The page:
Learning to Care with Forked Tongues: Communication and Migrant Peoples' Health Care
This paper focuses on learning how to deliver effective communication between a multilingual, migrant patient population and multilingual health workers. I argue for increased health care accessibility through effective communication. Often translation is seen as a solution to overcome language barriers. Translation may be technically effective. However, it is an increasing concern that effective cross-linguistic/cross-cultural communication still needs to be learned. Borne out of practical necessity, learning to communicate effectively occurs in situ. Several data sources (diarised reflections, edited communication transcripts) serve to inform this paper. I situate my practice as a speech pathologist/audiologist in the United Arab Emirates, South Africa and the United Kingdom. Inspired by my practice reflections I provide a combined response to the following: (i) how do we account for effective communication even when health workers and patients are language-matched? (ii) what may we learn from communication with patients who have speech, language and/or hearing impairments and (iii) how do we respond to international conventions that implicate language in the protection of migrant workers’ rights? This paper consists of a theoretical-practical set of micro-level and macro-level considerations for this in situ learning. At a micro-level the nature of both mediated/translated and unmediated interactions are considered for how the very notion of communication is managed. Specifically, communication is re-positioned as an ‘autopoietic’ activity where the object of communication is simultaneously the way (method) we learn to communicate. Three critical learning phenomena are highlighted (i) certainty/uncertainty, (2) conflict and (3) moralism. Macro issues regarding the nature of medical knowledge and health care policy (especially as it relates to migrants’ rights) are also reviewed.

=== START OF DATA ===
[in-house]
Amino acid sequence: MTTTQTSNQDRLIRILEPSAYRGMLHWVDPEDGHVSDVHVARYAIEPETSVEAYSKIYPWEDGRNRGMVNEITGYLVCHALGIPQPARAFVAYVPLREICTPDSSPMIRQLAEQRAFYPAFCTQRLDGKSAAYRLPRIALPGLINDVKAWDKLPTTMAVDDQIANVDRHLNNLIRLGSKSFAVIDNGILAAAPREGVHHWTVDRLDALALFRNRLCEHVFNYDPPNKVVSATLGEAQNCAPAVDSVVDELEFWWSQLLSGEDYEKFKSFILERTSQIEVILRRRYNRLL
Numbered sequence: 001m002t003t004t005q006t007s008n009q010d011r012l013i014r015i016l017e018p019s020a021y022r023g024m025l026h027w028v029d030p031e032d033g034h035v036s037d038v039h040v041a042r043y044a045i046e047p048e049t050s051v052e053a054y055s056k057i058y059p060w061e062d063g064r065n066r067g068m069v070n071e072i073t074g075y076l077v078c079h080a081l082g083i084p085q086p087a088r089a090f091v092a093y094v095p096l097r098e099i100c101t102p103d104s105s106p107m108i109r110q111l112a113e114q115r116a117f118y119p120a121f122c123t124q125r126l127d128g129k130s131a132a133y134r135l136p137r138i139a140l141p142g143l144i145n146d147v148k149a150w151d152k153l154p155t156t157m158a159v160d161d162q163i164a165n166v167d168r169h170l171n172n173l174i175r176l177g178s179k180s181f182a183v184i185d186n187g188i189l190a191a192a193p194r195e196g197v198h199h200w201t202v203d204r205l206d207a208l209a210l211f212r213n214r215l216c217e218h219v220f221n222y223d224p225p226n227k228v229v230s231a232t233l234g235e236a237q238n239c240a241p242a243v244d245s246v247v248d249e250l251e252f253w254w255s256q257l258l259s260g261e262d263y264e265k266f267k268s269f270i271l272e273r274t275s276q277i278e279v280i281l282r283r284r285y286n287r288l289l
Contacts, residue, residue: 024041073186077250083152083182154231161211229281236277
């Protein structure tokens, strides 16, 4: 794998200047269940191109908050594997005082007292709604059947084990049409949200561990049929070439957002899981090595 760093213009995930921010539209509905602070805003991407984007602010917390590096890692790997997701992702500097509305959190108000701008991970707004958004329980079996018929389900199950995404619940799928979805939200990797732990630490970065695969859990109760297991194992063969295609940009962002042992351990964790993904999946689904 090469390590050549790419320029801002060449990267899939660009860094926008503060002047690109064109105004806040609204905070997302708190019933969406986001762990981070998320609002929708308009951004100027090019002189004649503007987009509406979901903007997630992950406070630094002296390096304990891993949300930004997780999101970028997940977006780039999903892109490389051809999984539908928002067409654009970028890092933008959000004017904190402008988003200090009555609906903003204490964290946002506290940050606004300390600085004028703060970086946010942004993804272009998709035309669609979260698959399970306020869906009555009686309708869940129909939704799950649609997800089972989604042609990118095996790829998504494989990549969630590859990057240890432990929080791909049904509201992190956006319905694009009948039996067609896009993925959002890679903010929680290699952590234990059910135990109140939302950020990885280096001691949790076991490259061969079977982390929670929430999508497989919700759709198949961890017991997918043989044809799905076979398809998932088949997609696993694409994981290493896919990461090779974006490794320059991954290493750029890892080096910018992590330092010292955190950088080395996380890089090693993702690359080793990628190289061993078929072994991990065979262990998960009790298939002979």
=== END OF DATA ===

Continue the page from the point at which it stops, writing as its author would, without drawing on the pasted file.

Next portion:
Keywords: Migrant Workers Rights, Multi-Communication Literacies, Language and Power, Language as a Human Right, Language and Health Care Access, Translation in Health Care
Dr. Mershen Pillay